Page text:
I’ve been as guilty of prematurely feeling old as everyone else. I think back now on how I felt when I turned 30, with a mixture of disbelief and dread. How could I ever have thought 30 was old? I was so lucky to be 30. Then I realize that someday, I’m going to feel that way about being 42. And by then, maybe we’ll have invented time travel, so I can actually travel back in time and smack myself. 42 is a whippersnapper by many people’s standards. Why wait until it’s gone to appreciate it? I’m 42. Yeehaw!

The other person I try to think of when I fear growing older is Heather O’Rourke. You may not remember her name, but she’s the little girl who said, “They’re heeeeeeeere!” in Poltergeist. Then in Poltergeist 2, she said, “They’re baaaaaaaack!” Then, while she was filming Poltergeist 3, she died.

Bummer, huh? Heather O’Rourke lived to be 12 years old. That’s it. That’s as far as she got, and you know what she says to me from inside my television whenever I complain about turning 42?

heatherorourke“Fuuuuuuuuuuuuuuck yoooooooooou!”

Heather O’Rourke never learned to drive. Never got to waste six years of her life watching Lost. And she never got to whine about turning 42. She has my permission to complain about her age.

Then, if I’m feeling really morbid, I think about the billions of others who never made it as far as she did and never got to meet Steven Spielberg either.

There are places on this planet where the average life expectancy is 12, and here in America, people blush and insist they’re still 29 because they’re embarrassed to say how old they really are. Embarrassed? You should be wearing a freaking badge. “I made it to 50!” You’d be the envy of everyone in Zambia.

Age is a gift. That’s why we don’t count backwards from death. Well, that and the fact that we don’t know when we’re going to die, and that’s another reason to appreciate the time we get. Every birthday I make it to signifies one more year I didn’t get run over by a truck or get cancer, that I wasn’t killed by some asshole’s homemade bomb or didn’t fall victim to depression, drugs or alcohol abuse. It’s one more year I got to play XBox, waste money on sneakers endorsed by professional skateboarders and watch my kids learn to sass me with increasing cleverness.

After they’re done laughing at me, my kids will ask, “Am I going to be 42 someday?”

“Yes,” I say, and then I’ll think to myself, “… if you’re lucky.”

42 years. Happy birthday to me.

*****

Hey, you know what makes a great birthday present? When you like my Facebook page, follow me on Twitter and/or subscribe to this blog by entering your email in the upper right corner of the page. (No solicitations, I promise. You just get an email every time I post something new. It’s like a birthday gift for YOU!)

Shamelessly yours,

Jerry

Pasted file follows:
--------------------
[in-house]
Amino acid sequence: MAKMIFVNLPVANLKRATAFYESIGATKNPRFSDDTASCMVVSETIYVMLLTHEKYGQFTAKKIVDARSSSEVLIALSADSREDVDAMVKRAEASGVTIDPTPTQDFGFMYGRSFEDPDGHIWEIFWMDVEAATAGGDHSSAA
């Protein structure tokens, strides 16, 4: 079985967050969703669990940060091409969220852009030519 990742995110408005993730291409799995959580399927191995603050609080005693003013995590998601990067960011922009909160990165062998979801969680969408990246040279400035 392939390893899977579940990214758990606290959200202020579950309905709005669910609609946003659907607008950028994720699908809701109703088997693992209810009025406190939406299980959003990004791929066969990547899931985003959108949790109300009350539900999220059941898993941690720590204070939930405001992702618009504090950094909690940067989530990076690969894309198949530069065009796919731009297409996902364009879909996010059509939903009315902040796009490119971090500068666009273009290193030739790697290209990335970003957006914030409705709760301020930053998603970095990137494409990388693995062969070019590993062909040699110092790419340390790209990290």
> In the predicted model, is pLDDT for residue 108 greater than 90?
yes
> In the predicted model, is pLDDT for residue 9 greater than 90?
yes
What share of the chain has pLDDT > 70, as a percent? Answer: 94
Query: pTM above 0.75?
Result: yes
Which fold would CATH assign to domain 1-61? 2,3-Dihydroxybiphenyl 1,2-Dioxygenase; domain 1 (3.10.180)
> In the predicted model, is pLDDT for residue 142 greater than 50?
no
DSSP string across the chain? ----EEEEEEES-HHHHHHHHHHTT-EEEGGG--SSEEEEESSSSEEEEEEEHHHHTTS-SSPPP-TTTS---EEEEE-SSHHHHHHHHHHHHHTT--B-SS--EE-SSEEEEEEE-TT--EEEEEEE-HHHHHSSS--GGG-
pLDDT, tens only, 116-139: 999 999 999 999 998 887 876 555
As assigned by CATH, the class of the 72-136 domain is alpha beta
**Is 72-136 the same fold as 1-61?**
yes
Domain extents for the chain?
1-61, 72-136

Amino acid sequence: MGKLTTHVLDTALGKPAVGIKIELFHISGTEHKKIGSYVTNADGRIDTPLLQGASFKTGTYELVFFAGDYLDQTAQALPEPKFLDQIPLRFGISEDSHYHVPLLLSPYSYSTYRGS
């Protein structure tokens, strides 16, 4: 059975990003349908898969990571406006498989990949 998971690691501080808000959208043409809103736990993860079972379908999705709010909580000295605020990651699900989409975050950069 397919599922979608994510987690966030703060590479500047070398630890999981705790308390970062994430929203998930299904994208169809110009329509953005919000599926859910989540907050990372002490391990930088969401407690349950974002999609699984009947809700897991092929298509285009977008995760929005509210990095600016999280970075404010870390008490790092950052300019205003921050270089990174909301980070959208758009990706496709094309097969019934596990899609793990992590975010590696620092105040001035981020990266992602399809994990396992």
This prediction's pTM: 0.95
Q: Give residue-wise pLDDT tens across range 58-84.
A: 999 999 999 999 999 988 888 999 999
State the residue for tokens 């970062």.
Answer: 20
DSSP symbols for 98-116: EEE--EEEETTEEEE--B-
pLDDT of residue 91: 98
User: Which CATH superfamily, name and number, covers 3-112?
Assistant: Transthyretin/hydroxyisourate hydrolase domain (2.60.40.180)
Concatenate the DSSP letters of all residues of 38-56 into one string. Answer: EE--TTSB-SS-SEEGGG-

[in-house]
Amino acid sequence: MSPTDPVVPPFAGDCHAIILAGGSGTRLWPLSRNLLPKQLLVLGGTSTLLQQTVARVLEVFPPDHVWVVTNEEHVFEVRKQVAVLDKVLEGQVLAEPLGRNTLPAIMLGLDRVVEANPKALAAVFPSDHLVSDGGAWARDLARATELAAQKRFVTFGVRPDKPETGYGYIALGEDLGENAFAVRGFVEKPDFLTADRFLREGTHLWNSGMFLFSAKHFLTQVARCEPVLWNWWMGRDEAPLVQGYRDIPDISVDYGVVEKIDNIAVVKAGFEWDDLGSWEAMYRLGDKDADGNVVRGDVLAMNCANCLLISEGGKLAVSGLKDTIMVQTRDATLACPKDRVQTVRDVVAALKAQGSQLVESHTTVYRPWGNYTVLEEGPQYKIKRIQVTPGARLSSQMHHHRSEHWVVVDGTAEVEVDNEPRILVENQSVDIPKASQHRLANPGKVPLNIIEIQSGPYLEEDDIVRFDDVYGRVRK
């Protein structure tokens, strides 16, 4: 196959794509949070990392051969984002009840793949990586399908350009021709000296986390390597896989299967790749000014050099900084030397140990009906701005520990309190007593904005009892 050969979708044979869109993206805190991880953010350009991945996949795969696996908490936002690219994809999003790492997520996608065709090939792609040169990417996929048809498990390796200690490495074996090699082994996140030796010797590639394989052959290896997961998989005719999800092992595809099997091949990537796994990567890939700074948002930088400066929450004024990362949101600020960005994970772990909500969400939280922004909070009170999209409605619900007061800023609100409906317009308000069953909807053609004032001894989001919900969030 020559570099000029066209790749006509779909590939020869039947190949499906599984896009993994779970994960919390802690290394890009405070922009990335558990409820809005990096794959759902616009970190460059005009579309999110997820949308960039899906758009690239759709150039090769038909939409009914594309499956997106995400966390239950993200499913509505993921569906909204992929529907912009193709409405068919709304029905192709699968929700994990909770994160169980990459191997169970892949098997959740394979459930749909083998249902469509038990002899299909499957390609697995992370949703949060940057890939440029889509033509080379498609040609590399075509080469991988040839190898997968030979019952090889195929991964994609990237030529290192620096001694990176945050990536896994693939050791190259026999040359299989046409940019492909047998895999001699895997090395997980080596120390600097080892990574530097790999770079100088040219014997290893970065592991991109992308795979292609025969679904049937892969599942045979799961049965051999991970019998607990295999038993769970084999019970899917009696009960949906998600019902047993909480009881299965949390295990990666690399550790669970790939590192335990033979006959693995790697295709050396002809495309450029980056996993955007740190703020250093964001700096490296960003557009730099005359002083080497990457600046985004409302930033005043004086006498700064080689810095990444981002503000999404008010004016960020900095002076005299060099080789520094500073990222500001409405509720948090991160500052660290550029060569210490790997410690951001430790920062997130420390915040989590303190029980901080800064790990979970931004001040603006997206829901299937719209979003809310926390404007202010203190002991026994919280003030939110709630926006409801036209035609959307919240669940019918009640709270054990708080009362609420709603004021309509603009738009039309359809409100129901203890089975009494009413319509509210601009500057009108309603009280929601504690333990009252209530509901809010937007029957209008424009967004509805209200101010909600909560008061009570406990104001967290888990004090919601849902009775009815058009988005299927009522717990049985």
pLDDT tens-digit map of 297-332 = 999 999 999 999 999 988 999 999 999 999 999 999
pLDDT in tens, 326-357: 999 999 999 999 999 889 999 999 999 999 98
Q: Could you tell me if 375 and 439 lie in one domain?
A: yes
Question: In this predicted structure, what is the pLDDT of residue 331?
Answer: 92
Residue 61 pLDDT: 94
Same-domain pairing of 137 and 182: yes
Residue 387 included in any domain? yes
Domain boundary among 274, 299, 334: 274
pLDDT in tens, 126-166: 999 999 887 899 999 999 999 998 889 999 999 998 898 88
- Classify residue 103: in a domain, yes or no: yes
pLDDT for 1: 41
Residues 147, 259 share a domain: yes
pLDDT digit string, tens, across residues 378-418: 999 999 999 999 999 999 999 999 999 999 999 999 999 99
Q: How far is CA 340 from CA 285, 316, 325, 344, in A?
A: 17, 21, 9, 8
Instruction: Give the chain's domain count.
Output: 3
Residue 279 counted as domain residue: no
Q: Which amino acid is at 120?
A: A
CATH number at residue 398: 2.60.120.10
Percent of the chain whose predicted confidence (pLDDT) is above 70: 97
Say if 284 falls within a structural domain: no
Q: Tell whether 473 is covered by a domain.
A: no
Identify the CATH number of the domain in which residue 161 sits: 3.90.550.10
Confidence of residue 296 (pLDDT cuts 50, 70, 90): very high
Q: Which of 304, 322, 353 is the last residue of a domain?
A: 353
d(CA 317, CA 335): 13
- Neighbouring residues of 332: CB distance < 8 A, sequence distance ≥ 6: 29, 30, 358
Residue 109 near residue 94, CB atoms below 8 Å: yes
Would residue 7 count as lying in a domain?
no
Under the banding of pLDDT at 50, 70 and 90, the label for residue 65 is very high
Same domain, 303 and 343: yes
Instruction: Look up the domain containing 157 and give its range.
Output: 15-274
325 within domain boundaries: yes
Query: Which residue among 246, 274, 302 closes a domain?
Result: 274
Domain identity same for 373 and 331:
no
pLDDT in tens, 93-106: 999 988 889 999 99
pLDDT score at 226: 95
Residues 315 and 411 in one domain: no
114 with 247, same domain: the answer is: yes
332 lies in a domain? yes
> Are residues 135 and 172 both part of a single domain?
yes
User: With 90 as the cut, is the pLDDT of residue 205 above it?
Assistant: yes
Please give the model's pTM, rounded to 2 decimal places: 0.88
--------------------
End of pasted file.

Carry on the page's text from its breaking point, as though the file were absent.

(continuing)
5 Ways My Kids Have It Better — and My New Twitter Account!

kidshaveitbetterMy new post at Lifetime Moms was inspired by the last time my kids got sick. It was awful, of course, because it’s always awful when kids are sick. But it wasn’t nearly as awful as it was supposed to be, because their medicine came in delicious candy flavors. (I guess someone at the drug companies finally took Mary Poppins to heart.)

It was a relief to me as a parent, because who wants to deal with giving their kids medicine? But as a former kid, I was kind of pissed off. Lucky little squirts don’t know how good they have it! So I came up with a few other ways my kids are living the sweet life, at the risk of being labeled a grumpy old man. Check the Lifetime Moms site to read the whole thing.

And as always, if you have any of your own to add, leave me a comment over there.

Also, I’ve started a second twitter account, @MommyManBlog. In theory, it’s going to be the place where I post anything specific to the blog, so it’ll be lighter on my personal “jokes” and observations. (I’ll still link my blog posts on both accounts, though. I’m no slacker when it comes to self-promotion.)

If you want to choose one to follow, stick with @WhyJerryWhy. That won’t be changing. The big difference is that I’m going to follow all the @MommyManBlog followers back. I’ve seen enough of these “I follow back!” people to wonder if I’m the douchebag who’s been twittering wrong all this time, because I’ve tried to keep my feed to a level I can actually keep up with.

So now I have one feed I’ll actually keep up with and one where I just follow whoever is nice enough to give me a follow. Hey, I get it. I like getting that “new follower” email notification, too.

I started writing a whole blog post about my impressions of Twitter etiquette, but I decided to scrap it, because trust me, that one really made me sound like a grumpy old man.